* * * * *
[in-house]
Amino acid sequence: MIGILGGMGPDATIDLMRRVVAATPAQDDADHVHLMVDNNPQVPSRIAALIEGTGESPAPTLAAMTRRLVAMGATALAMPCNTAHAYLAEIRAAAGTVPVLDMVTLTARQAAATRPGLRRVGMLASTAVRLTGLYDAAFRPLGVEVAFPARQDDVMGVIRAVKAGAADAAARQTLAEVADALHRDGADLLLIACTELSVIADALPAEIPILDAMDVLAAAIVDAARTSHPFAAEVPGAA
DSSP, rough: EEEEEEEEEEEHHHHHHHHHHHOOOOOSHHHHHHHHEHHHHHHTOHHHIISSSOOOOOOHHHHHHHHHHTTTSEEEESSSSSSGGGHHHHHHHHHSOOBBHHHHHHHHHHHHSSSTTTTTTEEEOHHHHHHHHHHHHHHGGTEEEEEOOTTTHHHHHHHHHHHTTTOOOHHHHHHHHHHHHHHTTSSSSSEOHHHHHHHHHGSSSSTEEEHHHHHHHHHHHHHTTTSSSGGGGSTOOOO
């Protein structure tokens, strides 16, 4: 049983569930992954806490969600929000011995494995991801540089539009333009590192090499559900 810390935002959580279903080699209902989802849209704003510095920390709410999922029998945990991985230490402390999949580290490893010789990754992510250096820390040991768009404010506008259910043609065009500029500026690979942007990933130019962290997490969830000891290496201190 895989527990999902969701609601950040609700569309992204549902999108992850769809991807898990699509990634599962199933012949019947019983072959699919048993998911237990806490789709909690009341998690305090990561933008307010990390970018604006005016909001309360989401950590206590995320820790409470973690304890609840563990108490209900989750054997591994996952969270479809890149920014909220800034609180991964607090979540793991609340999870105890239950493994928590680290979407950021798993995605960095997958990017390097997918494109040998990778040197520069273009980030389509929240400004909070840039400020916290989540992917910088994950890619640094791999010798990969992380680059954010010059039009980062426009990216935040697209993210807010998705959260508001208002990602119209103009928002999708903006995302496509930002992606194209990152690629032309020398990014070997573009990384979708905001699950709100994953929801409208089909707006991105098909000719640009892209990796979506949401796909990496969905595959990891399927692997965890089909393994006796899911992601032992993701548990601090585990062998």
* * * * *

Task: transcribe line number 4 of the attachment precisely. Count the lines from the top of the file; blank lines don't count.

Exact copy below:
């Protein structure tokens, strides 16, 4: 049983569930992954806490969600929000011995494995991801540089539009333009590192090499559900 810390935002959580279903080699209902989802849209704003510095920390709410999922029998945990991985230490402390999949580290490893010789990754992510250096820390040991768009404010506008259910043609065009500029500026690979942007990933130019962290997490969830000891290496201190 895989527990999902969701609601950040609700569309992204549902999108992850769809991807898990699509990634599962199933012949019947019983072959699919048993998911237990806490789709909690009341998690305090990561933008307010990390970018604006005016909001309360989401950590206590995320820790409470973690304890609840563990108490209900989750054997591994996952969270479809890149920014909220800034609180991964607090979540793991609340999870105890239950493994928590680290979407950021798993995605960095997958990017390097997918494109040998990778040197520069273009980030389509929240400004909070840039400020916290989540992917910088994950890619640094791999010798990969992380680059954010010059039009980062426009990216935040697209993210807010998705959260508001208002990602119209103009928002999708903006995302496509930002992606194209990152690629032309020398990014070997573009990384979708905001699950709100994953929801409208089909707006991105098909000719640009892209990796979506949401796909990496969905595959990891399927692997965890089909393994006796899911992601032992993701548990601090585990062998």